Reference:
Lourenco WR. The Compsobuthus species from 'Tassili des Ajjer', Algeria (Scorpiones, Buthidae) and description of a new species. Entomol Mitt Zool Mus Hamburg. 2010 Jun;15(182):147-55.

Family Buthidae

18 March, 2011

Sting use, risk assessment and control of venom used in Parabuthus transvaalicus

One of the conclusions from my master thesis many years ago was that sting use is probably costly for scorpions and because of this they will only use their stinger if the prey is large and/or the prey resists capture. My study was based on an assumption that use of venom in scorpions was costly and also that scorpions were able to control both the use of the stinger and of the venom. And now it seems that my assumptions were correct :)

Since then, it has been showed that venom use is costly, both in terms of metabolic and ecological costs (Nisani et al, 2007; Nisani, 2008). It has also been demonstrated that some scorpions have two types of venom with different composition (and different "production costs") (Inceoglu et al., 2003).

Now Zia Nisani and Wlliam Hayes have shown that Parabuthus transvaalicus Purcell, 1899 (Buthidae) are able to regulate venom use at three levels:

  • They can choose between a dry and a wet sting (use of venom).
  • When using when om they can control the volum of venom expended, delivering more venom under hight threat and less volum under low threat conditions.
  • They can vary the composition of the venom injected, either using "cheap" prevenom or the more potent protein rich venom.
All of the above results support the hypothesis that scorpions display a venom optimization strategy by regulating venom expenditure based on the level of perceived threat.

This is a great paper that I reccomend to all that are interested in scorpion behavior and scorpion's adaption to their environment!

Abstract:
Venom is a metabolically expensive commodity that animals should use judiciously. The venommetering hypothesis proposes that venomous animals control, or meter, the quantity of venom they deploy during predatory or defensive situations.We sought to clarify experimentally whether the buthid scorpion Parabuthus transvaalicus can regulate defensive venom expenditure based on perceived risk. Scorpions were tested under two threat conditions by inducing them to sting repeatedly a parafilmcovered cup. The high-threat condition involved five sting presentations at 5 s intervals, and the lowthreat condition comprised five sting presentations at 5 min intervals. Venom metering appeared to be modulated at three levels: wet versus dry sting, composition of venom injected and volume of venom delivered. Scorpions delivered dry stings more often under the low-threat condition, but in both conditions were more likely to employ wet stings as the threat persisted. Venom appearance changed during successive stings from clear (potassium-rich ‘prevenom’), to opalescent, to milky (protein-rich ‘venom’), with biochemical analyses (protein assay and MALDI-TOF) confirming the compositional changes. However, progression through this sequence depended on quantity of venom expended, with milky secretion appearing only after the limited quantity of clear secretion was exhausted (i.e. composition and volume covaried). Scorpions injected approximately two-fold more venom per sting during the high-threat compared to the low-threat condition, with milky venom appearing more quickly within the sequence of five stings for the high-threat condition. Thus, these scorpions perceive risk and regulate venom expenditure during stinging according to level of threat, providing further support for the venommetering hypothesis.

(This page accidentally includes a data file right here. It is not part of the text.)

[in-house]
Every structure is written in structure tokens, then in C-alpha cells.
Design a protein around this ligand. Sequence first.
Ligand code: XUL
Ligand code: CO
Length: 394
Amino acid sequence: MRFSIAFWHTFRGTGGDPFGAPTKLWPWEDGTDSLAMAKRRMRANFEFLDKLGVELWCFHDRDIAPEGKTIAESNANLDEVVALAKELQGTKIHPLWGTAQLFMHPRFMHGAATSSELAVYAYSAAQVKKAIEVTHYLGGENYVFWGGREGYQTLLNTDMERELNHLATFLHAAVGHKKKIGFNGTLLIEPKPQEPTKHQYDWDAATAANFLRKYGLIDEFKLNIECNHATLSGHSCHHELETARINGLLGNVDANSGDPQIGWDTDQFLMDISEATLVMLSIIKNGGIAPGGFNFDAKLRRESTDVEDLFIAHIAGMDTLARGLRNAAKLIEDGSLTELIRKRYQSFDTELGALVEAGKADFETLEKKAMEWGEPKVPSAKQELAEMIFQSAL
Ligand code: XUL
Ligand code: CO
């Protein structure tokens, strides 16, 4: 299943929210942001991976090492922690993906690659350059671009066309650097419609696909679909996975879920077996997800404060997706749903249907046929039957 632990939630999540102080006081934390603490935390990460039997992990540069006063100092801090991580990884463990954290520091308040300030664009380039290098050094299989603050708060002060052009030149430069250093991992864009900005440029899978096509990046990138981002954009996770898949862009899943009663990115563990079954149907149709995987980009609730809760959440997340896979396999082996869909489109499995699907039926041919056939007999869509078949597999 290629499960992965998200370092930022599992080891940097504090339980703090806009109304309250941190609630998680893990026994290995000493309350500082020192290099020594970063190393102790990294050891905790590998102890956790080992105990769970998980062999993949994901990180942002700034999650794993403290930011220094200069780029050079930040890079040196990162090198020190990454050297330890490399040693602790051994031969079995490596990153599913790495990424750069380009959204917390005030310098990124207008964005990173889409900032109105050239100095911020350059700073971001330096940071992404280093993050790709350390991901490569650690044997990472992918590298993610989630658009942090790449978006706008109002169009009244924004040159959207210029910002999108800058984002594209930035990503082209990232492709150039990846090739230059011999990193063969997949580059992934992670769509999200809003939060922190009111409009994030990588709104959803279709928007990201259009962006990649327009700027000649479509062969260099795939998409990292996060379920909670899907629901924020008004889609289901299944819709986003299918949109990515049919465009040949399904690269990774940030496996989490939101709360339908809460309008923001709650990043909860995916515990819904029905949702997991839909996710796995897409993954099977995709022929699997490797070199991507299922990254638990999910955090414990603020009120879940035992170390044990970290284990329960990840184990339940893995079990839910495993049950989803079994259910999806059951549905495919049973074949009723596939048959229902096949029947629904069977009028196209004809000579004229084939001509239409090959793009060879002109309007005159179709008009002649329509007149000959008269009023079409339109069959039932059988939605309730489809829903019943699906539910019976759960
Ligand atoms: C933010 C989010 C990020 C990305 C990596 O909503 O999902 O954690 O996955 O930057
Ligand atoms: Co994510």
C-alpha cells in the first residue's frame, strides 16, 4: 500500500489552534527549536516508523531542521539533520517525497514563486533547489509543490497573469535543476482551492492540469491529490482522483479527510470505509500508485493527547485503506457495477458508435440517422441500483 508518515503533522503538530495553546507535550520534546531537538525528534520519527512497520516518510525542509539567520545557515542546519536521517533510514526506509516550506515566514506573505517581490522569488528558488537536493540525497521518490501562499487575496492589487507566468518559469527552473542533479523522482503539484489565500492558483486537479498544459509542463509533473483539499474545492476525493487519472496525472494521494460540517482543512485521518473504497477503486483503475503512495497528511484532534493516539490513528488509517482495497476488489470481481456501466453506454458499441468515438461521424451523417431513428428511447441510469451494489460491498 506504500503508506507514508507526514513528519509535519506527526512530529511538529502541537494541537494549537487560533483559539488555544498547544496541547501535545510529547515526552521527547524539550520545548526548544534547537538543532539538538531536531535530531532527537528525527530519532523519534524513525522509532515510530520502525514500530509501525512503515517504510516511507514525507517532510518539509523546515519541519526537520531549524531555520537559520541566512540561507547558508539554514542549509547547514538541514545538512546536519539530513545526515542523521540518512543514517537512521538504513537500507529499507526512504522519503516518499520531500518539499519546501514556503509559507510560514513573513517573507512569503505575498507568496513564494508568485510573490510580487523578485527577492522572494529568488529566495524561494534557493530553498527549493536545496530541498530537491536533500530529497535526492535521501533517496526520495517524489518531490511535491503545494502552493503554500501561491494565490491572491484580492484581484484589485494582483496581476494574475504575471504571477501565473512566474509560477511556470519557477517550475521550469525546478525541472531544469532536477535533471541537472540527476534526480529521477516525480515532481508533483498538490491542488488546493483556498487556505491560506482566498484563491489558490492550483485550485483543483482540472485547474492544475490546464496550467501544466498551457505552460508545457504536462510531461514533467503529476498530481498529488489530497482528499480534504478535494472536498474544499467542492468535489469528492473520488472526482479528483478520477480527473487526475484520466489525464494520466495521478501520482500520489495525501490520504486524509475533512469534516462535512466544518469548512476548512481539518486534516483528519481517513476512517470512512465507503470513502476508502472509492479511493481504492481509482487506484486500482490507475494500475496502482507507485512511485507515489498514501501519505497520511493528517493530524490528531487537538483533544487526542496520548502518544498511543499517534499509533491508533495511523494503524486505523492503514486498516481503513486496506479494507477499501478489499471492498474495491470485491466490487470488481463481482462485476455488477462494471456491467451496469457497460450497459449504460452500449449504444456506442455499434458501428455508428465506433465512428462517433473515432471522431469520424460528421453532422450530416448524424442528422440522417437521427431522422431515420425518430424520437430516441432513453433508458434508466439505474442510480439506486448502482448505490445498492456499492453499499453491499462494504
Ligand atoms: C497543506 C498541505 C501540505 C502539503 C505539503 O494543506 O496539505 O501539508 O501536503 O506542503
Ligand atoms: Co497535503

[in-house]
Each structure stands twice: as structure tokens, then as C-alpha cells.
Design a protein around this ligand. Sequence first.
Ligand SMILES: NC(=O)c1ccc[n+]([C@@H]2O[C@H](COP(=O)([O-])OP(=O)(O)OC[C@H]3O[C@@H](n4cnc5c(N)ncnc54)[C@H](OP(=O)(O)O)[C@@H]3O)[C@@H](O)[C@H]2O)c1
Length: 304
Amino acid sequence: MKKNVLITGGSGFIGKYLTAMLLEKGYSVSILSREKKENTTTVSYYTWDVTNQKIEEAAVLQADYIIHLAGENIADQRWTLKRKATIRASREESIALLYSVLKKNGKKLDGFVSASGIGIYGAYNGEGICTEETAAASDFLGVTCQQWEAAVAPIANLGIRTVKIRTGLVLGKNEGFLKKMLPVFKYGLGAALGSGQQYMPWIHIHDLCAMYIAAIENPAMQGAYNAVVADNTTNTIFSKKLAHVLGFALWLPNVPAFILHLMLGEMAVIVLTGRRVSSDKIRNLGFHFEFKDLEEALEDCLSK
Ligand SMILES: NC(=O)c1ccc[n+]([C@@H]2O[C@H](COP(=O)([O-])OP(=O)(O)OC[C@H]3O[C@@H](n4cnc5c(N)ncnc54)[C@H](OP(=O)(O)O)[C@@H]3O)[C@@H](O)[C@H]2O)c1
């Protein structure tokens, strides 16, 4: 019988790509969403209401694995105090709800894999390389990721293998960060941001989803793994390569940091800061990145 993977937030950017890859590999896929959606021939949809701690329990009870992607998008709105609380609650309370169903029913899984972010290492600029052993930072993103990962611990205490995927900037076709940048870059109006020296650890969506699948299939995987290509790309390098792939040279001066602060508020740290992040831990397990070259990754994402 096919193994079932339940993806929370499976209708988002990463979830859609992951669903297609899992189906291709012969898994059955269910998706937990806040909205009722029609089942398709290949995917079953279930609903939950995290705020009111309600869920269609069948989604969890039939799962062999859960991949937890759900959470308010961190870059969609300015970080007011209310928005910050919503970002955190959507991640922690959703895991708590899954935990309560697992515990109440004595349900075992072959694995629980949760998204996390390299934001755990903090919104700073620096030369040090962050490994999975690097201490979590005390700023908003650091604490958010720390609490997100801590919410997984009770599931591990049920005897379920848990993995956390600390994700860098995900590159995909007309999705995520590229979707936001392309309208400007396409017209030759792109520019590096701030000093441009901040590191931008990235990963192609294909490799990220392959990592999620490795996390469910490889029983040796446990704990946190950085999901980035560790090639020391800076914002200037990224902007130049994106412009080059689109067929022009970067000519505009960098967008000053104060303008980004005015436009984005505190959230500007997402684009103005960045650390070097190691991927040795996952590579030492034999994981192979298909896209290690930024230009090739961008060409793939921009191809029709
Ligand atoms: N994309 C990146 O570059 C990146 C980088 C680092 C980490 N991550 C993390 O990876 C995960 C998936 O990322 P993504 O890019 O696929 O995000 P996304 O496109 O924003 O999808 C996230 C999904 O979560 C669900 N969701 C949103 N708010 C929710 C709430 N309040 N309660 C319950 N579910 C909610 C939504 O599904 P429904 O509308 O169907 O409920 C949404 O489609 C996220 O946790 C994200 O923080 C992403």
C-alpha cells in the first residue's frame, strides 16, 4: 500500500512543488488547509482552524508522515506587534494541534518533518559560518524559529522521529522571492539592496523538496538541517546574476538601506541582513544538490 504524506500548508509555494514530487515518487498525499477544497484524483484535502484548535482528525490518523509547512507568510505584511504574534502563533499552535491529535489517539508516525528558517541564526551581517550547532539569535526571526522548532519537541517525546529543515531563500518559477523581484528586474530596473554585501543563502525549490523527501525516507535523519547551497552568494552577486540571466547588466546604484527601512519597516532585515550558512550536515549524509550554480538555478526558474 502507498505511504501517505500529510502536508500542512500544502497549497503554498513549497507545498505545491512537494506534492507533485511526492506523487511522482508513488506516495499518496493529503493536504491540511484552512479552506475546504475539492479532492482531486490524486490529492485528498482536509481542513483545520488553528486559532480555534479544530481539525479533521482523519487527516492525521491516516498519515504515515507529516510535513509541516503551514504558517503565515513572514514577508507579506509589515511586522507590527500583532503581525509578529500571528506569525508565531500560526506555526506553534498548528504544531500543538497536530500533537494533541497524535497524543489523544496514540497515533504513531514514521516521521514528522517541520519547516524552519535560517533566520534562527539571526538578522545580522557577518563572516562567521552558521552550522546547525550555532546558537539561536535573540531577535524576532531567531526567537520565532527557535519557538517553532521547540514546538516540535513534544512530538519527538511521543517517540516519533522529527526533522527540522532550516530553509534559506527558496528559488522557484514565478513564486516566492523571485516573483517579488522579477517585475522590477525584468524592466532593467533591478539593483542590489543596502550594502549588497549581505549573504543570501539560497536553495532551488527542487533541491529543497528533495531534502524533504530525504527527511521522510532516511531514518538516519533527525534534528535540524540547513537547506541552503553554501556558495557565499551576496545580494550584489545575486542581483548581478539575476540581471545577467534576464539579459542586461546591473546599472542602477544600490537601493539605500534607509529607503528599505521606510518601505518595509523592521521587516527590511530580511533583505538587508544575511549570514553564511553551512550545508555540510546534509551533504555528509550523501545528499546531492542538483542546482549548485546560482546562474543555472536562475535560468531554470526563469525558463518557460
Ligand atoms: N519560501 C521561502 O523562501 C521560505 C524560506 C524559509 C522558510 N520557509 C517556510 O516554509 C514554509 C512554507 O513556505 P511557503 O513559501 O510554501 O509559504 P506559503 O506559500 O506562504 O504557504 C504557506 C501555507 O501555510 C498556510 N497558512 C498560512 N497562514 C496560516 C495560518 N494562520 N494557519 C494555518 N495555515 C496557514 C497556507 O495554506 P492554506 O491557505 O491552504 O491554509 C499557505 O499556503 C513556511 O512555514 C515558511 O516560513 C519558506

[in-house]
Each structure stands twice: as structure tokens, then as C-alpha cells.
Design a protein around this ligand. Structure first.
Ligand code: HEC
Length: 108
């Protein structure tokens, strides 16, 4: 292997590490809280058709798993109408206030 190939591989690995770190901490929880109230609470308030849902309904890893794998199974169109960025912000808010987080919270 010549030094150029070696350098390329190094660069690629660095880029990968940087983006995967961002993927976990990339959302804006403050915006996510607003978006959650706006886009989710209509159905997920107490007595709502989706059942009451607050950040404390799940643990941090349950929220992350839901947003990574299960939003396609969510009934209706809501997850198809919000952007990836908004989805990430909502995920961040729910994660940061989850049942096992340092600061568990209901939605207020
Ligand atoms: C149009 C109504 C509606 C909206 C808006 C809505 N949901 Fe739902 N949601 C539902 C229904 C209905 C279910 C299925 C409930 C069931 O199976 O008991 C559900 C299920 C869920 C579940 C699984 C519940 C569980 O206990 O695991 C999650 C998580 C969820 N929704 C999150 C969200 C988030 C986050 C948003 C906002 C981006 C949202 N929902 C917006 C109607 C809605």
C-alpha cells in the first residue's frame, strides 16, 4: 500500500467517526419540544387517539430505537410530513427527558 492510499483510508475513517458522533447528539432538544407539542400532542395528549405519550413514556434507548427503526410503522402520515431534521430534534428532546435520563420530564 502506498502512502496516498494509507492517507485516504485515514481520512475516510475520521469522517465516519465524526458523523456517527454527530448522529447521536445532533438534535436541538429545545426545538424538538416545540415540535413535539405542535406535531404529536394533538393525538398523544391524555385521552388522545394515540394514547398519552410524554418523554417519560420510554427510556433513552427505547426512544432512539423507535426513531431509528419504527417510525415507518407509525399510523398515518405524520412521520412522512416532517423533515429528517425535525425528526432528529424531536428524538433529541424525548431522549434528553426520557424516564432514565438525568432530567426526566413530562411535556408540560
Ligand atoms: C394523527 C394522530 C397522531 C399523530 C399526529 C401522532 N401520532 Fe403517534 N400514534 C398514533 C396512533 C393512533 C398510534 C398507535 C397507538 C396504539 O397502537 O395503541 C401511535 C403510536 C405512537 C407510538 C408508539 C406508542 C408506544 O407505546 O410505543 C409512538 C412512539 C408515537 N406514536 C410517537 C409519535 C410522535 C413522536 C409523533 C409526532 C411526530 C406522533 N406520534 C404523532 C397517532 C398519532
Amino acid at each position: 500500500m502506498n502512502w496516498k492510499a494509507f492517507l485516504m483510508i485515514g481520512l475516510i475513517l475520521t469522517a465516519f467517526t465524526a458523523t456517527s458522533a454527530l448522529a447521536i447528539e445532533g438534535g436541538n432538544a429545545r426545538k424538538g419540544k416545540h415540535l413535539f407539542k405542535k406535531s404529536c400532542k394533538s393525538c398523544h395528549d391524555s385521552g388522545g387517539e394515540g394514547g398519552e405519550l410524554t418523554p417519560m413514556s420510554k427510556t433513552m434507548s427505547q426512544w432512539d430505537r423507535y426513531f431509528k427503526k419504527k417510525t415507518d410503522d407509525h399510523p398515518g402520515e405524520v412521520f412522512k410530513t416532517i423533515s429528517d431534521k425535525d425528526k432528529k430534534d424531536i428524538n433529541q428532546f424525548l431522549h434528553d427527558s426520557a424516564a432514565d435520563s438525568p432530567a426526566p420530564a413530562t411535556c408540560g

Reference:
Nisani Z, Hayes WK. Defensive stinging by Parabuthus transvaalicus scorpions: risk assessment and venom metering. Anim Behav. 2011;81(3):627-33. [Subscription required for fulltext]

Other references mentioned:
Inceoglu B, Lango J, Jing J, Chen L, Doymaz F, Pessah IN, et al. One scorpion, two venoms: Prevenom of Parabuthus transvaalicus acts as an alternative type of venom with distinct mechanism of action. Proc Natl Acad Sci U S A. 2003;100(3):922-7.

Nisani Z, Dunbar SG, Hayes WK. Cost of venom regeneration in Parabuthus transvaalicus (Arachnida: Buthidae). Comp Biochem Physiol A Mol Integr Physiol. 2007 Jun;147(2):509-13.

Nisani Z. Behavioral and physiological ecology of scorpion venom expenditure: stinging, spraying, and venom regeneration: Loma Linda University; 2008 (Ph.D. thesis).

16 March, 2011

Three new anatomy picture collections in SF

Leonard Georg has put together some great anatomy pictures of three species and has shared these pictures with The Scorpion Files:

Hottentotta trilineatus

Isometrus maculatus

Chaerilus celebensis

A big thanks to Leonard for this contribution to The Scorpion Files!

Life cycle of Hadrurus gertschi from Mexico

Ana Quijano-Ravell and co-workers have now published a study on the life cycle of Hadrurus gertschi Soleglad, 1976 (Caraboctonidae)*

[*This species was transfered to Hoffmannihadrurus by Fet & Soleglad i 2008 and this species is listed as Hoffmannihadrurus gertschi (Soleglad, 1976) in The Scorpion Files. Some scientists disagree on the validity of Hoffmannihadurus, as this paper is an example of. Also, some scientists choose to put Hadrurus in Iuridae and reject the validity of Caraboctonidae. See details here.]